THE EXCHEQUER SECRETARY David Gauke has rejected calls for a postponement of the introduction of real-time information after the All-Party Parliamentary Commission raised concerns about the timetable and costs of the programme.
The commission had been worried the investment costs and timescales were underestimated and expressed worries over whether RTI could guarantee real-time data was sustainably accurate.
Gauke, though, was keen to emphasise that the scheme was “on time and on budget” and “strongly disagreed” with the report while Mark Holden, HM Revenue & Customs’ RTI programme director, said there was “a number of misunderstandings” in the report and that it “can’t hold any credibility”.
RTI is set to supersede the current “1940s system” of paying employees currently in place and will see employers updating their PAYE records as and when changes occur, rather than at the end of every tax year.
The taxman expects the system will reduce the burden on employers by £300m and will lead to a significant decrease in fraud and error.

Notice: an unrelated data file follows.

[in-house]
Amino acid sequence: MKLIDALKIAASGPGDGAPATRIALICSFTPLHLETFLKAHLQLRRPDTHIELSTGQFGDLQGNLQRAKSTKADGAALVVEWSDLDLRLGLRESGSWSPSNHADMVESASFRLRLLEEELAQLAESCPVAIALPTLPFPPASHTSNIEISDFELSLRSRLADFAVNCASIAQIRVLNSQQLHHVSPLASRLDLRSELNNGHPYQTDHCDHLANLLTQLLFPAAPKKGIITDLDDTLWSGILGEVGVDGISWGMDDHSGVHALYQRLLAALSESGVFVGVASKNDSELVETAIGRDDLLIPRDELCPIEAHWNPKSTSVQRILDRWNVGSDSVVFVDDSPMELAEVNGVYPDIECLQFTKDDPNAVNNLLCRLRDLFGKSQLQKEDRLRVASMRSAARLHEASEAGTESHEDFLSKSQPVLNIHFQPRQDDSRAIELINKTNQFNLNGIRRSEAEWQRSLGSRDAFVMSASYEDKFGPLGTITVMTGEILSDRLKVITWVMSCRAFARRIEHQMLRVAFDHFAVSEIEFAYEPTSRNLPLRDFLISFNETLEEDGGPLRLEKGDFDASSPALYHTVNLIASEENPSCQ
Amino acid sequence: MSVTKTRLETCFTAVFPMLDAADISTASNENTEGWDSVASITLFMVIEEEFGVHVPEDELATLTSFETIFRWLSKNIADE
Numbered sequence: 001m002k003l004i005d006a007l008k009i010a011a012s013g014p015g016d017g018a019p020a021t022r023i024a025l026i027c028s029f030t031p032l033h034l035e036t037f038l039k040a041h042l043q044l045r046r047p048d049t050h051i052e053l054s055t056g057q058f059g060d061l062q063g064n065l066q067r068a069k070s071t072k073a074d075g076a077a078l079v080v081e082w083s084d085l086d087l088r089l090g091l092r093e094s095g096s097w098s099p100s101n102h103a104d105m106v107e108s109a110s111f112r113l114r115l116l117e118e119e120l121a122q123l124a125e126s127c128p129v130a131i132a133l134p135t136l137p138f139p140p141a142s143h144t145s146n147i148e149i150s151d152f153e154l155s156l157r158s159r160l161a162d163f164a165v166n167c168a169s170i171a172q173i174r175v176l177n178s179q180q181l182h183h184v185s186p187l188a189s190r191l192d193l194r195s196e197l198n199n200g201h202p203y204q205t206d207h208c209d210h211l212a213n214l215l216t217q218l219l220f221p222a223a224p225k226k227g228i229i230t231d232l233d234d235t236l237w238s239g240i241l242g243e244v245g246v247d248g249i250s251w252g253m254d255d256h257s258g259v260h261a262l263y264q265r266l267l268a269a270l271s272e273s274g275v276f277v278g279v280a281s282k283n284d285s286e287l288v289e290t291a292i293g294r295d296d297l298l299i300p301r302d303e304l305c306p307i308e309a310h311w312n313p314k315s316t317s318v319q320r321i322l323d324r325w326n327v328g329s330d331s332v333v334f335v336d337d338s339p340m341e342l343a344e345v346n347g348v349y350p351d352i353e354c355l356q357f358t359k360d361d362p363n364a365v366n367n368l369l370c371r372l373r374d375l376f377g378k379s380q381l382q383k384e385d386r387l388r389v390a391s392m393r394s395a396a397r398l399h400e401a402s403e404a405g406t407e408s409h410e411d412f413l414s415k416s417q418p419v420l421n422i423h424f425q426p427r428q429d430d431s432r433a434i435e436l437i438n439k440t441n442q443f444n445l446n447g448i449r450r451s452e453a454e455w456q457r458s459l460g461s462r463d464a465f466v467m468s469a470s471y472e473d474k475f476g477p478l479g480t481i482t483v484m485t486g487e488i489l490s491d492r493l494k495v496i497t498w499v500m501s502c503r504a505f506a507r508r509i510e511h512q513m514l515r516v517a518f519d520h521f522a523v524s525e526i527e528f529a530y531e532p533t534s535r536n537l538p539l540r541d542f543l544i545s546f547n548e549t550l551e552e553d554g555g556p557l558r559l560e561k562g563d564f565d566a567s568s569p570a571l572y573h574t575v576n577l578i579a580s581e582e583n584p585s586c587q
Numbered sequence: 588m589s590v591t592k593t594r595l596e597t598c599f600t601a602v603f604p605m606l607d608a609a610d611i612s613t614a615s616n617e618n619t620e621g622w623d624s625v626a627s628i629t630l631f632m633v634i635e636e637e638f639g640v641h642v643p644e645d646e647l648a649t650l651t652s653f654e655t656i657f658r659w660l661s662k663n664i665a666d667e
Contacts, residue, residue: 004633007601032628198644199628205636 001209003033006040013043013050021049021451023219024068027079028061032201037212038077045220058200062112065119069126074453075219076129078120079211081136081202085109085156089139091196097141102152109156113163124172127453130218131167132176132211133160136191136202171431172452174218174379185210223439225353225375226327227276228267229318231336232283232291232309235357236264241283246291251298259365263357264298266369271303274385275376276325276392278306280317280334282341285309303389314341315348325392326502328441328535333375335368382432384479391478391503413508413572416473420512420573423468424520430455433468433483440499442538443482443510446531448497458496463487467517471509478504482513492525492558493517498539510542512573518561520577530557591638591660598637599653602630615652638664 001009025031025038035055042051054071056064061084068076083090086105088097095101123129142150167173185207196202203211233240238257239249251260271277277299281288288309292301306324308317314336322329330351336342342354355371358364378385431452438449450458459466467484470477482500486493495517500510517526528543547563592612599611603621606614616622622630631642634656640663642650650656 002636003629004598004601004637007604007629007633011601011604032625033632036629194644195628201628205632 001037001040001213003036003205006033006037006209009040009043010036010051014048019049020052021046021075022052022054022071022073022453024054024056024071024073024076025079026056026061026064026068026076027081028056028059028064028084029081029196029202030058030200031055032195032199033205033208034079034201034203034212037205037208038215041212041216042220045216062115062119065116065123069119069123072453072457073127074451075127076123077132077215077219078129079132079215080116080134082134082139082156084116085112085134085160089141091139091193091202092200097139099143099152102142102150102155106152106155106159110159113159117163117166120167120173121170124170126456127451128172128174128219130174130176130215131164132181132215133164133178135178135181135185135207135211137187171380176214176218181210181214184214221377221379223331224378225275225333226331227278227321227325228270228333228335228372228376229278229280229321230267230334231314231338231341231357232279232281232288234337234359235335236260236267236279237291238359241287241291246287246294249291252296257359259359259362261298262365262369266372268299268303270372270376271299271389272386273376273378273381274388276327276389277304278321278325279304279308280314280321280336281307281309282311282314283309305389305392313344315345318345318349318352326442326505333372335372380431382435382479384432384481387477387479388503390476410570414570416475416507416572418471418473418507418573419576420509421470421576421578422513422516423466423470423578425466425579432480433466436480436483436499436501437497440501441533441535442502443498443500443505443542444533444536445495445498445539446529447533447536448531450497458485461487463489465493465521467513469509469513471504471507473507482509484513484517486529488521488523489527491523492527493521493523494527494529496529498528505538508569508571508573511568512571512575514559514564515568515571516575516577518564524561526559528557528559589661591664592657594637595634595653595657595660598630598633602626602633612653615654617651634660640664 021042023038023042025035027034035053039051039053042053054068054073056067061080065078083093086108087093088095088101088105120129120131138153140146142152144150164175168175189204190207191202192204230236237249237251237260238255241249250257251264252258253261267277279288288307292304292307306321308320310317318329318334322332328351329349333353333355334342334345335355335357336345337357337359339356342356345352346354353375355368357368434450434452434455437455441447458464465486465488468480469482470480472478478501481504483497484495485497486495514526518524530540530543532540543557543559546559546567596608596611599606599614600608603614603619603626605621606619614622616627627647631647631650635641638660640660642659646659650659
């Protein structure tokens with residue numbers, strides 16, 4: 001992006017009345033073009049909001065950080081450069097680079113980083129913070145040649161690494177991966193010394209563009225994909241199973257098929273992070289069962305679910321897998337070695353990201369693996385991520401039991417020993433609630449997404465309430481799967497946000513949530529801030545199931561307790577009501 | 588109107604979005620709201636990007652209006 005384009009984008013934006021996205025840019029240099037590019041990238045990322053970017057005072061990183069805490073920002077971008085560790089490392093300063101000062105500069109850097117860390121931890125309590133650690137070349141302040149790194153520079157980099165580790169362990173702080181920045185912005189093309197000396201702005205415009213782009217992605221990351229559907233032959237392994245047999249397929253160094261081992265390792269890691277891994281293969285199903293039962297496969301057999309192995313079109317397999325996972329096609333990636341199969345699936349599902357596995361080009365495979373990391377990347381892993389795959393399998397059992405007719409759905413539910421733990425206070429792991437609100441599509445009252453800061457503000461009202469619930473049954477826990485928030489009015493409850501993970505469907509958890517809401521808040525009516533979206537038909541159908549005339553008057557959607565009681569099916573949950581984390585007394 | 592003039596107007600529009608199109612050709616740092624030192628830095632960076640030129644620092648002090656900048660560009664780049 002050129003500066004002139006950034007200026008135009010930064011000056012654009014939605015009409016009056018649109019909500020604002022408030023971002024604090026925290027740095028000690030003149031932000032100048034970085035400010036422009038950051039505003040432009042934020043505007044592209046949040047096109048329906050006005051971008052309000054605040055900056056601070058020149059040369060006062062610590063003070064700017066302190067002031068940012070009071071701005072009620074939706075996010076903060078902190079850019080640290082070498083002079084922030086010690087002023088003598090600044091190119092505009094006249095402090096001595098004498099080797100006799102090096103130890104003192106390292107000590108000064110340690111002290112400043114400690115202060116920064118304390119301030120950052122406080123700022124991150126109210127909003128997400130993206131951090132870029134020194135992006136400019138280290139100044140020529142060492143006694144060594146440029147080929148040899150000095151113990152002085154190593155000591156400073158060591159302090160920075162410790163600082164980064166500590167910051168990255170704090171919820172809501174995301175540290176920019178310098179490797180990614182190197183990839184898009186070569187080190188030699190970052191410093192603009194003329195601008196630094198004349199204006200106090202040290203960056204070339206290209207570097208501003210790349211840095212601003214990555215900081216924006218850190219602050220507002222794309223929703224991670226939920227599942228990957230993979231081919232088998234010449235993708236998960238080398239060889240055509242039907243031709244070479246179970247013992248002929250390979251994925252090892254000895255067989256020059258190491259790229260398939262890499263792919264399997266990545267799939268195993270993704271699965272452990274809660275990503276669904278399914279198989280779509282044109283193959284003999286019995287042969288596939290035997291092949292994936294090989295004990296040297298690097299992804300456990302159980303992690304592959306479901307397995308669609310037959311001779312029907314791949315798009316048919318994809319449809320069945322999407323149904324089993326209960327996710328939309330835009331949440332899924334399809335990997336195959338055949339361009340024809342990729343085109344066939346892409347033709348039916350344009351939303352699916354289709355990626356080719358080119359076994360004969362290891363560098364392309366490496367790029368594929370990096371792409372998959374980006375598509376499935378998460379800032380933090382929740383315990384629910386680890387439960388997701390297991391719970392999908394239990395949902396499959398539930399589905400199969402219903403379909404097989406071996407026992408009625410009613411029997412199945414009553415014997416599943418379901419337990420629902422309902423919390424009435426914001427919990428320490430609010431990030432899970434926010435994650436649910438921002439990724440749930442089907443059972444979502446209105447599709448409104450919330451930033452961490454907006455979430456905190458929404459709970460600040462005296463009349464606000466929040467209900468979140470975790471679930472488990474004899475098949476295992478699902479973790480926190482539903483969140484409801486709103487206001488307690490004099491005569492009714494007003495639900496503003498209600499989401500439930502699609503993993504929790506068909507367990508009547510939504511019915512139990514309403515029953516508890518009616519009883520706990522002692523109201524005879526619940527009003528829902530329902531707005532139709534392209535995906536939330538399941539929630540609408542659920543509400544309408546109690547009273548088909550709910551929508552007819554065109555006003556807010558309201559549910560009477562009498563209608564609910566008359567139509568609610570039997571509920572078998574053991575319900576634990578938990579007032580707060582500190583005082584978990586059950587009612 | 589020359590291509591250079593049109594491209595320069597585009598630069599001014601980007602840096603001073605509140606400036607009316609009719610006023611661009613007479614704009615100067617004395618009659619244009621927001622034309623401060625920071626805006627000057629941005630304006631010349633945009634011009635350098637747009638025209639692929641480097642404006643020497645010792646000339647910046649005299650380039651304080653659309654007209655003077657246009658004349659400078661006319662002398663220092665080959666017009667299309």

HMRC hopes to roll out RTI nationally from April 2013, with all employers taking part by October of the same year.
Currently, the pilot has 500 employers – equating to 1.7m employees – with the scheme set to grow to 250,000 employers and 6m employees by April 2013.
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The latest opinions from Accountancy Age on Making Tax Digital, and outline plans to evolve the UK's corporate governance regime
Five million taxpayers are ow using digital personal tax accounts (PTA) as part of the making tax digital strategy, HMRC said